Designing news distribution for smart cities
An analysis of the probabilities and opportunities for local journalism with smart city devices
This is an extension of my article “Diversifying news distribution with meaningful collaborations”.
I sought out to learn more about the opportunities between local news and smart cities after identifying relationships in the value local news provides to communities and the goals of smart city technology. I have also been interested in learning more about the difference in serving local news on public devices compared to personal devices.
This article is a report on data and insights found during that research. It was originally gathered and shared amongst Bloom and smart city technology firms based in the U.S. in September 2018.
I’m publishing it here to share my insights in hopes it will help inspire how journalism can be strategically designed into our evolving cities.
The purpose of this report was to identify the breadth of local news coverage taking place near LinkNYC smart city kiosks located in Brooklyn in New York City. My goal was to determine whether there was sufficient news coverage within close proximity of each kiosk and what type of services would be valuable to the devices based on the coverage available nearby.
240 LinkNYC kiosk locations in Brooklyn were considered for this report. This includes all locations shown in the Brooklyn list on the LinkNYC website with the exception of 8 kiosks. These exceptions were made due to the kiosks being on the far outskirts of east Brooklyn, away from the more concentrated areas downtown — includes 7 from the Cypress Hills neighborhood and 1 from the Woodhaven neighborhood (“2 Eldert Lane”).
The content was provided by hyperlocal publishers residing in the NYC region and does not include content from large publishers that primarily serve content nationally or internationally. For example, New York Times, ABC, NBC, and CBS were not included.
Links and location data from the content were gathered by myself from the publisher websites.
This report analyzes coverage of local news that was published between August 1–31, 2018.
The report includes news articles whose primary location was in Brooklyn and within a small distance (0–1 mile) from a kiosk location. The proximity between news and kiosks was determined by geotagging each news article with Bloom by street address, taking the street address locations of each kiosk, and measuring the distance between both of their geographic coordinates. The distance was not measured in terms of driving or walking but rather the linear distance between the two points on a map.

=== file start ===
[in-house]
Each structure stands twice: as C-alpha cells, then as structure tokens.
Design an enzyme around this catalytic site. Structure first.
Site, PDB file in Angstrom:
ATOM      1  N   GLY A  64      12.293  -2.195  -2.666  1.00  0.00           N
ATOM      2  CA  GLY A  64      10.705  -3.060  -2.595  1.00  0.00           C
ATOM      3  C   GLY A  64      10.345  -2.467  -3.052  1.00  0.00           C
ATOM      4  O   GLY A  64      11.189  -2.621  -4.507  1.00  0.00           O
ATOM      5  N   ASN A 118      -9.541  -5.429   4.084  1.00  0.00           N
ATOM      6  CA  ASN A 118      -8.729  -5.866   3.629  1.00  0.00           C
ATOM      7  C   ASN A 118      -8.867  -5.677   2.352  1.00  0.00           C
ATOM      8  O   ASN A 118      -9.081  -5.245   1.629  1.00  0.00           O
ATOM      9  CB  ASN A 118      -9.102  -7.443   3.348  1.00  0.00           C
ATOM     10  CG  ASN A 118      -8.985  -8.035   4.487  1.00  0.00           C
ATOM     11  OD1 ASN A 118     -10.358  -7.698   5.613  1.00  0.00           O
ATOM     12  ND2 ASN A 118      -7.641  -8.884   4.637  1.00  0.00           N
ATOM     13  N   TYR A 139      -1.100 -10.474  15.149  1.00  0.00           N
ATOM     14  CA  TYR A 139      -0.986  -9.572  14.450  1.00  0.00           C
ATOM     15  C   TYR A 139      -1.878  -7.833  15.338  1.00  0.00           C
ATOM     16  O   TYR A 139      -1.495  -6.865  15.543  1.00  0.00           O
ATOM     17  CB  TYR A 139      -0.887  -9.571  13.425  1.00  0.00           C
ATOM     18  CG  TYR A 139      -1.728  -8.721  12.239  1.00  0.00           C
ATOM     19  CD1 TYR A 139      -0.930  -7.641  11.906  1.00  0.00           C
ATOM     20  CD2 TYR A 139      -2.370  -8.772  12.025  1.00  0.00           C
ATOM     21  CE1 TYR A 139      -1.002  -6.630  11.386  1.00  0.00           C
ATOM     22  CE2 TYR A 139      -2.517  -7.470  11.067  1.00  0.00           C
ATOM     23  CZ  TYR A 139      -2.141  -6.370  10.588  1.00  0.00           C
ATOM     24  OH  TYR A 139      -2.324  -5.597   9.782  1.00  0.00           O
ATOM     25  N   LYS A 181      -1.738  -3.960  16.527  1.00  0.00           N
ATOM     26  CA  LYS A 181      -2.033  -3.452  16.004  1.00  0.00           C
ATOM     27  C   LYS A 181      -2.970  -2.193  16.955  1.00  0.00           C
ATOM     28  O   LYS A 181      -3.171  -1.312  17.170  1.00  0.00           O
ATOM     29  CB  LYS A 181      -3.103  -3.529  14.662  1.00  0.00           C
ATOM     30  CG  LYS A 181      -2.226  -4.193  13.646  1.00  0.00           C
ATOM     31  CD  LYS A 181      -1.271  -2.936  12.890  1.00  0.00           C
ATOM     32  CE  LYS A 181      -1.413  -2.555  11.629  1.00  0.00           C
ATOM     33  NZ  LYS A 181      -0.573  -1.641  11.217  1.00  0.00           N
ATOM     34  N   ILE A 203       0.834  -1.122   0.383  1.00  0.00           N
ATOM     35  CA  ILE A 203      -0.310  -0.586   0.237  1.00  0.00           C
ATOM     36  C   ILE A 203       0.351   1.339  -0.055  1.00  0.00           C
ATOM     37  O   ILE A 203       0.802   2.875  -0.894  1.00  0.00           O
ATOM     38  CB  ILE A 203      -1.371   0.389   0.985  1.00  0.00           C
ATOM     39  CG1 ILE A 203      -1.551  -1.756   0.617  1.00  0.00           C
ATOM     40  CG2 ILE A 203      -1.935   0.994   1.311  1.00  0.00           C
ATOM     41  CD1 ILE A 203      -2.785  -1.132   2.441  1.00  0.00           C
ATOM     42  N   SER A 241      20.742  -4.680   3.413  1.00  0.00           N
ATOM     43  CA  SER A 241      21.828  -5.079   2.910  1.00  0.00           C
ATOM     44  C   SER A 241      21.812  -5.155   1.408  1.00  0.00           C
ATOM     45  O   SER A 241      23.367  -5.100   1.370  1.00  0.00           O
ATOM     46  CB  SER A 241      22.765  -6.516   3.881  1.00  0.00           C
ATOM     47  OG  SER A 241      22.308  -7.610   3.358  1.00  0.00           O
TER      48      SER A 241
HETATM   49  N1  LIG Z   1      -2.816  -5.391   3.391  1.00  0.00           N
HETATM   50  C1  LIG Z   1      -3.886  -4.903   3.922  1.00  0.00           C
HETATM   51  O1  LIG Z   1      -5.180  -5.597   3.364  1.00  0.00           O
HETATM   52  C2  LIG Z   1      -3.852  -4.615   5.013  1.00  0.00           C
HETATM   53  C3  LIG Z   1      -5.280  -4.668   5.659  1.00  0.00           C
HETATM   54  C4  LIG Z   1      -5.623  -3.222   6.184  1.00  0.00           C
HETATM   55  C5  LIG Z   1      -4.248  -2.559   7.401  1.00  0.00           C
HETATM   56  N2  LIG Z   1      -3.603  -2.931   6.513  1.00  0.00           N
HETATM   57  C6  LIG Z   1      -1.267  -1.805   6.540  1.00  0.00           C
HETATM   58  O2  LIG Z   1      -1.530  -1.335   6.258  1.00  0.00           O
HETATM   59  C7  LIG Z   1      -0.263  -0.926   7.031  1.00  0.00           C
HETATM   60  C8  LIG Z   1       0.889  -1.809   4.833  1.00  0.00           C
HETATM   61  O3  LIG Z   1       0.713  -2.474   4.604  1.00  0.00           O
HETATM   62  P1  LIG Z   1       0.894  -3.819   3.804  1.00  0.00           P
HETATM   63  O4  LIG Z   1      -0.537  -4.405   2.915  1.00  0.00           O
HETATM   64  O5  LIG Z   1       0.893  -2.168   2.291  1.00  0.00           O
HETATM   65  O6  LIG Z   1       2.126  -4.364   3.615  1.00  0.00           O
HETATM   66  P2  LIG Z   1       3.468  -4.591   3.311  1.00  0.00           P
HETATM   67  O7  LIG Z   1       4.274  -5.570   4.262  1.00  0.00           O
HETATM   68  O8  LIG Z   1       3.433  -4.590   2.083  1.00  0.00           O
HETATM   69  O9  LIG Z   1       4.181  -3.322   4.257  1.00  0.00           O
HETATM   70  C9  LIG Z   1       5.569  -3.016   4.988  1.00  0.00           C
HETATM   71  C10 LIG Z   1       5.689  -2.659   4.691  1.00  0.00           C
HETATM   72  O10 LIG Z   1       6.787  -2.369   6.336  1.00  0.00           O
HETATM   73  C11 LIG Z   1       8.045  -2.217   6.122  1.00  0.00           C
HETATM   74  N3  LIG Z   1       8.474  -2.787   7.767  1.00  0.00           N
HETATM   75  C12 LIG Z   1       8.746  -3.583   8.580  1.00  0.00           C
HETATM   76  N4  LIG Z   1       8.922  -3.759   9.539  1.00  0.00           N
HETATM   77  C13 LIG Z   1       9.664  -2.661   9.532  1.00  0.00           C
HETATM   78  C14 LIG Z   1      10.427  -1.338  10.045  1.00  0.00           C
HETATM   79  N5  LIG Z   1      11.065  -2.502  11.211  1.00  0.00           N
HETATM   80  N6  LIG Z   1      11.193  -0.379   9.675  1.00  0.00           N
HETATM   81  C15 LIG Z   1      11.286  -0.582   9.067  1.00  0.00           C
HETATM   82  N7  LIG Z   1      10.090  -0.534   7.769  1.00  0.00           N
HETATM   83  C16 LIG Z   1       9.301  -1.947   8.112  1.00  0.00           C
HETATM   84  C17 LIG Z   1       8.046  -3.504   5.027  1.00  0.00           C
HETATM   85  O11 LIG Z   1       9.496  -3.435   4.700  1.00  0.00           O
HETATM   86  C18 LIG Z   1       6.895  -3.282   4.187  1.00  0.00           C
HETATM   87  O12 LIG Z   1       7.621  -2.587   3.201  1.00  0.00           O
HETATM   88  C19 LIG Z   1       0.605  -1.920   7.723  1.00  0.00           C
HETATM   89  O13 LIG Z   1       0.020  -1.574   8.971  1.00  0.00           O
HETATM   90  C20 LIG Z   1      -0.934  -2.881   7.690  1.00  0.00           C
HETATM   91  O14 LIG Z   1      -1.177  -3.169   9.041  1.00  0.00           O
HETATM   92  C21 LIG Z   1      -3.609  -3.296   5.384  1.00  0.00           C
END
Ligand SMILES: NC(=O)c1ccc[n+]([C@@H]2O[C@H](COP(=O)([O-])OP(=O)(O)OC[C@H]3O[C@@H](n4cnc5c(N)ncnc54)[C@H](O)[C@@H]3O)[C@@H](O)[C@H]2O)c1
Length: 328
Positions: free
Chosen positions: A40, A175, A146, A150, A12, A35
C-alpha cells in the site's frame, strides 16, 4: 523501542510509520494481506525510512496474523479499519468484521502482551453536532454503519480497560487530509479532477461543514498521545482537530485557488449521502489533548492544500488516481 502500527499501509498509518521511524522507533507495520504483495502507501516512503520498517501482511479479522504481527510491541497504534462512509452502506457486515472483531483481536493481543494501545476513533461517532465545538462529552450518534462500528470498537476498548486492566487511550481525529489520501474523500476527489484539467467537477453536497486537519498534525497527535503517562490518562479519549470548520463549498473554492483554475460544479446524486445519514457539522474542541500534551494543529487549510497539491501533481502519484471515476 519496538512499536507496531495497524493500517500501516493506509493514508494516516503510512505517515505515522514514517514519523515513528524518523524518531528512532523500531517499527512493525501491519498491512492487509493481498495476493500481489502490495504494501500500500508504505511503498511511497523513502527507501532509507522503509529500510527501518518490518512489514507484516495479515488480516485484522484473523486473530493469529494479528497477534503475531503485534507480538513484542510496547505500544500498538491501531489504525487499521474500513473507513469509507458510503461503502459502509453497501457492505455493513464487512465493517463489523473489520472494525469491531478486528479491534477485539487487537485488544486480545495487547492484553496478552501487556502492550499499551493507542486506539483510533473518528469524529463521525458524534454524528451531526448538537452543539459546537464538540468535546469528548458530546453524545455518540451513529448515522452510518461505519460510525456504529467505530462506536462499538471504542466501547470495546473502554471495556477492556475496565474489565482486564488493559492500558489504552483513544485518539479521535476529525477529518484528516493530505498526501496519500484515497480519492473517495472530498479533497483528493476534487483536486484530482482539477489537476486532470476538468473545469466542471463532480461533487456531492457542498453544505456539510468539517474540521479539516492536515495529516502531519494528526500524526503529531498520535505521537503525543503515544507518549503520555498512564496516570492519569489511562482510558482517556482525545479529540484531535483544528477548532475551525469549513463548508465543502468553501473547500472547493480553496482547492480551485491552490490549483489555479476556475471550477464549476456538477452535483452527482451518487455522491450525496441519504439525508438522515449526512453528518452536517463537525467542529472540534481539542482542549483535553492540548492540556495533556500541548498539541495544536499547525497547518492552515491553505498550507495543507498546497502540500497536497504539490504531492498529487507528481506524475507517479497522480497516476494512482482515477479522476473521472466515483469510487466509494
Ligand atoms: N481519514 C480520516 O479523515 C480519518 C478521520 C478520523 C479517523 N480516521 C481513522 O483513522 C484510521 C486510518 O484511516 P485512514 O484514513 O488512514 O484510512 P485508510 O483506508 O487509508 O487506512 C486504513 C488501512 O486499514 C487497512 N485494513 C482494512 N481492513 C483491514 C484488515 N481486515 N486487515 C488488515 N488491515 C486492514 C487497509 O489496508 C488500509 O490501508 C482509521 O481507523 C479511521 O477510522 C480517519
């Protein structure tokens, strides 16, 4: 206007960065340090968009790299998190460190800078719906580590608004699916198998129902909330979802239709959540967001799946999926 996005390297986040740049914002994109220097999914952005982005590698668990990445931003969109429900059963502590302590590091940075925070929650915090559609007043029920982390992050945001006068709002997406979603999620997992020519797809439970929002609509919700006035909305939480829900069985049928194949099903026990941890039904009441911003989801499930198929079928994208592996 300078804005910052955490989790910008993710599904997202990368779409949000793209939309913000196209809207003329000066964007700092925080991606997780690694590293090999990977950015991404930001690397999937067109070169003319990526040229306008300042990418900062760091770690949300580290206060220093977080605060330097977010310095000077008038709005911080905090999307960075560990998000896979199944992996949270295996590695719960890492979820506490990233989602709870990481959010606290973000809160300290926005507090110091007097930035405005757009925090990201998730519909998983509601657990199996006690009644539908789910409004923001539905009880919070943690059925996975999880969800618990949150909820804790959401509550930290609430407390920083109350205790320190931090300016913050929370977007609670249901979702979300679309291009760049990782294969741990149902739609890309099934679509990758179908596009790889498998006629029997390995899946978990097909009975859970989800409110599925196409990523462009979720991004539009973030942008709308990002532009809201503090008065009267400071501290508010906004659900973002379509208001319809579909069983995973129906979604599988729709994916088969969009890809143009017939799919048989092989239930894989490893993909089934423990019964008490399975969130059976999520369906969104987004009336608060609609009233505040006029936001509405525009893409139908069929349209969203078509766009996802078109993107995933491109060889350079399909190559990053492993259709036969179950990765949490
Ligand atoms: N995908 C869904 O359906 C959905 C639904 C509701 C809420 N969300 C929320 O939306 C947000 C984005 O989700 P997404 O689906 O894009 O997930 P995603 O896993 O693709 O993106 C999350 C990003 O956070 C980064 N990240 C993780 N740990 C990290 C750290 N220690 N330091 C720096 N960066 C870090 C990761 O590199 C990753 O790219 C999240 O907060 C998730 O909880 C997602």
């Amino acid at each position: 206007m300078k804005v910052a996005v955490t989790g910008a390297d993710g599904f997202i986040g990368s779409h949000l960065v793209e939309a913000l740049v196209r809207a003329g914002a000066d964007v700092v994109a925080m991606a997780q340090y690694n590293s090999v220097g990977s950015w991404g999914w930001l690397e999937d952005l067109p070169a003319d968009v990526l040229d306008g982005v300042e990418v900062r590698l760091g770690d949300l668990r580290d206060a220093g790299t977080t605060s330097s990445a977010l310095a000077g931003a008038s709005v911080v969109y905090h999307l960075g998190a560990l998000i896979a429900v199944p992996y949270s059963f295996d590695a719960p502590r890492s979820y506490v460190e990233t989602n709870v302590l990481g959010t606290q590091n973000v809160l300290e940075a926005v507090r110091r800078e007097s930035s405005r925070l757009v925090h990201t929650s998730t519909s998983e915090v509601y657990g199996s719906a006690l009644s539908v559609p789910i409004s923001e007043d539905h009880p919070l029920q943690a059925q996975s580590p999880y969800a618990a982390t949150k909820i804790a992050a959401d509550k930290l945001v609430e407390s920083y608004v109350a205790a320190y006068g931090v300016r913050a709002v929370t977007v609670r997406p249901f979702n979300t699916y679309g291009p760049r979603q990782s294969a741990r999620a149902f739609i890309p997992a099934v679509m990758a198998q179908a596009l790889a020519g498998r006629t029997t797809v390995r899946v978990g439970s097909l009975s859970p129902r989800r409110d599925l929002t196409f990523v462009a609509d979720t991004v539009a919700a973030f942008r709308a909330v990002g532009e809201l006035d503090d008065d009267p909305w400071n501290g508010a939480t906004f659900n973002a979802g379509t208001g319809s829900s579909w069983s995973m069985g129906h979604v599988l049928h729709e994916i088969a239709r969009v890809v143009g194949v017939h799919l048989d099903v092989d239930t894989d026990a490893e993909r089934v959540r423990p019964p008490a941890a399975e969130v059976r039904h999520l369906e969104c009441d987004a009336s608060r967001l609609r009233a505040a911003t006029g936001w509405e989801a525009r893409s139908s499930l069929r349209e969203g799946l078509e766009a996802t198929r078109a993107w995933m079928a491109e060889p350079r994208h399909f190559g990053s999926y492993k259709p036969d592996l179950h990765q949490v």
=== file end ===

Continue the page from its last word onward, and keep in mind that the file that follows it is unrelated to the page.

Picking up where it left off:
The content was gathered from a wide range of categories such as Arts, Entertainment, Education, Business, Environment, Health, Culture, and Fashion. This report excluded content associated with Real Estate Listings (i.e. advertising) and Adult (i.e. inappropriate for children) since that information would likely be excluded in a service that aims to inform all residents of news from a public sidewalk.
Summary and Insight
- A total of 41 publishers reported local news within 1 mile of any kiosk
- 28 publishers reported within 1 mile of at least 15% of the kiosks
- 9 publishers reported within 1 mile of at least 80% of the kiosks
During the publisher analysis, we wanted to learn how the number of participating publishers affected the proximity of news near the kiosks.
At a minimum, we found that at least 5 publishers were necessary to deliver reported news within 1 mile of all kiosks. Any fewer publishers would mean that kiosks locations would not have a sufficient amount of stories reported to serve a “news nearby” experience.
As the number of participating publishers were reduced, we found the quantity, frequency, and category of news became less diverse. On the other hand, as we increased participating publishers, there was an increased likeliness of redundant news stories. This was assumed based on observations — analysis was not performed to determine the risk of topic redundancy nor category diversity.
- A total of 475 news stories reported about a place within 1 mile of a kiosk
- The average closest distance of a news story from a kiosk was 600–900 feet
- 13% of stories occurred within 300 feet of a kiosk